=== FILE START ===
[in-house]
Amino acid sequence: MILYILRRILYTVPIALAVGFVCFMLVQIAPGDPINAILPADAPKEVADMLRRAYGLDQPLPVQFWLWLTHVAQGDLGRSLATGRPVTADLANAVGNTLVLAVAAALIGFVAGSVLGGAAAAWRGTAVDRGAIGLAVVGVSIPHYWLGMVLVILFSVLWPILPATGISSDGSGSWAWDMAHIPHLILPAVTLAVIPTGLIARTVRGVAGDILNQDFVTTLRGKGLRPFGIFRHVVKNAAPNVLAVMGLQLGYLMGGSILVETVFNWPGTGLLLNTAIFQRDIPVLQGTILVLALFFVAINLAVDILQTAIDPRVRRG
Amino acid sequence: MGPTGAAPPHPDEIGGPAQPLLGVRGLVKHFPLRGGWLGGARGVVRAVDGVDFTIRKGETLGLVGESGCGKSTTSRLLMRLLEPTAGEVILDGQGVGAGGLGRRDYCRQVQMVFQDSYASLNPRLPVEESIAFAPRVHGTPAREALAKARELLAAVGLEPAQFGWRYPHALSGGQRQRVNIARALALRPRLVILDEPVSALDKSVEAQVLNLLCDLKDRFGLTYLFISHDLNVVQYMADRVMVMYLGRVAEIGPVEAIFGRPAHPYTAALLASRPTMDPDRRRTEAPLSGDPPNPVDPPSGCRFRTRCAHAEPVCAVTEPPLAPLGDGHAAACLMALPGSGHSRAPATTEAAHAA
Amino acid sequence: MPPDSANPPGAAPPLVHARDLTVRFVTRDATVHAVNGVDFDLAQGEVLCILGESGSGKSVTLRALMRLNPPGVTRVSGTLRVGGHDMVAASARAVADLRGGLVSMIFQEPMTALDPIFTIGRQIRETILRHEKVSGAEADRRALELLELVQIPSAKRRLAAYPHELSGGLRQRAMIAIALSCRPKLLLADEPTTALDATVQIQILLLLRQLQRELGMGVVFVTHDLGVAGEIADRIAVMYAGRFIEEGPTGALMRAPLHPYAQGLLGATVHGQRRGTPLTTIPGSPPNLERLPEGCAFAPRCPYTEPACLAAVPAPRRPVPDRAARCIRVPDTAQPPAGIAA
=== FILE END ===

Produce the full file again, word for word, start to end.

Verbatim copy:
[in-house]
Amino acid sequence: MILYILRRILYTVPIALAVGFVCFMLVQIAPGDPINAILPADAPKEVADMLRRAYGLDQPLPVQFWLWLTHVAQGDLGRSLATGRPVTADLANAVGNTLVLAVAAALIGFVAGSVLGGAAAAWRGTAVDRGAIGLAVVGVSIPHYWLGMVLVILFSVLWPILPATGISSDGSGSWAWDMAHIPHLILPAVTLAVIPTGLIARTVRGVAGDILNQDFVTTLRGKGLRPFGIFRHVVKNAAPNVLAVMGLQLGYLMGGSILVETVFNWPGTGLLLNTAIFQRDIPVLQGTILVLALFFVAINLAVDILQTAIDPRVRRG
Amino acid sequence: MGPTGAAPPHPDEIGGPAQPLLGVRGLVKHFPLRGGWLGGARGVVRAVDGVDFTIRKGETLGLVGESGCGKSTTSRLLMRLLEPTAGEVILDGQGVGAGGLGRRDYCRQVQMVFQDSYASLNPRLPVEESIAFAPRVHGTPAREALAKARELLAAVGLEPAQFGWRYPHALSGGQRQRVNIARALALRPRLVILDEPVSALDKSVEAQVLNLLCDLKDRFGLTYLFISHDLNVVQYMADRVMVMYLGRVAEIGPVEAIFGRPAHPYTAALLASRPTMDPDRRRTEAPLSGDPPNPVDPPSGCRFRTRCAHAEPVCAVTEPPLAPLGDGHAAACLMALPGSGHSRAPATTEAAHAA
Amino acid sequence: MPPDSANPPGAAPPLVHARDLTVRFVTRDATVHAVNGVDFDLAQGEVLCILGESGSGKSVTLRALMRLNPPGVTRVSGTLRVGGHDMVAASARAVADLRGGLVSMIFQEPMTALDPIFTIGRQIRETILRHEKVSGAEADRRALELLELVQIPSAKRRLAAYPHELSGGLRQRAMIAIALSCRPKLLLADEPTTALDATVQIQILLLLRQLQRELGMGVVFVTHDLGVAGEIADRIAVMYAGRFIEEGPTGALMRAPLHPYAQGLLGATVHGQRRGTPLTTIPGSPPNLERLPEGCAFAPRCPYTEPACLAAVPAPRRPVPDRAARCIRVPDTAQPPAGIAA